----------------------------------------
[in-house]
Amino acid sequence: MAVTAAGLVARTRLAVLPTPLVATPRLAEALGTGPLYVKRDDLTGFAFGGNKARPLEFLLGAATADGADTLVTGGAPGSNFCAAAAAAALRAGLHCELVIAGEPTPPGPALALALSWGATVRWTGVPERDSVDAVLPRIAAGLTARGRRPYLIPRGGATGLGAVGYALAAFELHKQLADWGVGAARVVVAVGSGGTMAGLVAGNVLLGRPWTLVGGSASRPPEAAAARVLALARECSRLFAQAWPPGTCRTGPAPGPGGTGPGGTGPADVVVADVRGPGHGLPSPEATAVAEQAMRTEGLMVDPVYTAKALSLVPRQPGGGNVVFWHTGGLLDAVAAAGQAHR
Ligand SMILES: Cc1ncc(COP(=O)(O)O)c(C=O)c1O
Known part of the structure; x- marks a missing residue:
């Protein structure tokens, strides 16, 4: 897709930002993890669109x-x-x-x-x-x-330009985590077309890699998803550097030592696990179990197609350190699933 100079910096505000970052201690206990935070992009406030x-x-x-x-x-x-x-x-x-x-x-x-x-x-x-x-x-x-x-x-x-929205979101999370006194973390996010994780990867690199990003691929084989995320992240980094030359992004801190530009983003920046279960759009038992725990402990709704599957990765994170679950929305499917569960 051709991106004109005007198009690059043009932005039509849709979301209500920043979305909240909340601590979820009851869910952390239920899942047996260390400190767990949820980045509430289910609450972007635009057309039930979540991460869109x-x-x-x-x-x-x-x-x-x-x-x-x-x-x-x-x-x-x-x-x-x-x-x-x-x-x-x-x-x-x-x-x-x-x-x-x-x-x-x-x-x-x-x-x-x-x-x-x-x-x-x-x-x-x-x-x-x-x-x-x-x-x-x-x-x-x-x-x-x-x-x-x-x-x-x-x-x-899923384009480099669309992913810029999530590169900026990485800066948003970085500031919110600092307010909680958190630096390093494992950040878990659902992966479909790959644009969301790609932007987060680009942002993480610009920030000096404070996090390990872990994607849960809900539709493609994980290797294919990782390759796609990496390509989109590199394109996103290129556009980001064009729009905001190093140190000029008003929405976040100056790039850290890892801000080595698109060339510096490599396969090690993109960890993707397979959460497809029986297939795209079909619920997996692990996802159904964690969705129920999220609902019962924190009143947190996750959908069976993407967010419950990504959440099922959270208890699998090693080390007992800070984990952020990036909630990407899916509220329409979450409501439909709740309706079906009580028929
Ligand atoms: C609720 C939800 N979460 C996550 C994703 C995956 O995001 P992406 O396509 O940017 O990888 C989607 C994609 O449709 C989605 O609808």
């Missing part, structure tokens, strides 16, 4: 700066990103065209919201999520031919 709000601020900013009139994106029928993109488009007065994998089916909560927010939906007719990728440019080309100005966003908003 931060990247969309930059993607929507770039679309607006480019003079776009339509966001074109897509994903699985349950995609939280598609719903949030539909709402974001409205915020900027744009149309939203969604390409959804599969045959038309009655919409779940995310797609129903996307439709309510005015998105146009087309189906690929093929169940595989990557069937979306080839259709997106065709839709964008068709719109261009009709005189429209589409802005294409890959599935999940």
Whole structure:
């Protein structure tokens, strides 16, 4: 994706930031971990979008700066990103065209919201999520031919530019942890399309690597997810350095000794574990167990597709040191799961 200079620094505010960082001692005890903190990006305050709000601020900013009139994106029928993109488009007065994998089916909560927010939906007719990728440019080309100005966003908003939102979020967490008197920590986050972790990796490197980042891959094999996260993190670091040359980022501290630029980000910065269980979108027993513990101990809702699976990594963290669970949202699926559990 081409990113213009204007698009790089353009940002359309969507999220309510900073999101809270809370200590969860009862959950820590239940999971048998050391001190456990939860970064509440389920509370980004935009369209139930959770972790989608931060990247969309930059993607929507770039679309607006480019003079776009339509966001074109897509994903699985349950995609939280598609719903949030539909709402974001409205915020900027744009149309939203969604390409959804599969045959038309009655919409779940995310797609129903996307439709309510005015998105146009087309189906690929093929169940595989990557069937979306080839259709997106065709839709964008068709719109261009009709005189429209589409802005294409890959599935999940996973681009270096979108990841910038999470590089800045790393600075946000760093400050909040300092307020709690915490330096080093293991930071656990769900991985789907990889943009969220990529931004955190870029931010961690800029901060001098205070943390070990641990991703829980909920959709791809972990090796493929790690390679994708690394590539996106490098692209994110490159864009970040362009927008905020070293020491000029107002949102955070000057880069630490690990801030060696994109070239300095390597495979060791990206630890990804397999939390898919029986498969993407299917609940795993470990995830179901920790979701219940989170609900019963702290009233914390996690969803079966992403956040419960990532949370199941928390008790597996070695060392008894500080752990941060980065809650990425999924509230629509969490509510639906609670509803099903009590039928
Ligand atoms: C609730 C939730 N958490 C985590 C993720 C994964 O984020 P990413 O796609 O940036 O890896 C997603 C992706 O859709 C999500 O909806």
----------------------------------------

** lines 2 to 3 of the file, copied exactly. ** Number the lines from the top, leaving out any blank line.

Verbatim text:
Amino acid sequence: MAVTAAGLVARTRLAVLPTPLVATPRLAEALGTGPLYVKRDDLTGFAFGGNKARPLEFLLGAATADGADTLVTGGAPGSNFCAAAAAAALRAGLHCELVIAGEPTPPGPALALALSWGATVRWTGVPERDSVDAVLPRIAAGLTARGRRPYLIPRGGATGLGAVGYALAAFELHKQLADWGVGAARVVVAVGSGGTMAGLVAGNVLLGRPWTLVGGSASRPPEAAAARVLALARECSRLFAQAWPPGTCRTGPAPGPGGTGPGGTGPADVVVADVRGPGHGLPSPEATAVAEQAMRTEGLMVDPVYTAKALSLVPRQPGGGNVVFWHTGGLLDAVAAAGQAHR
Ligand SMILES: Cc1ncc(COP(=O)(O)O)c(C=O)c1O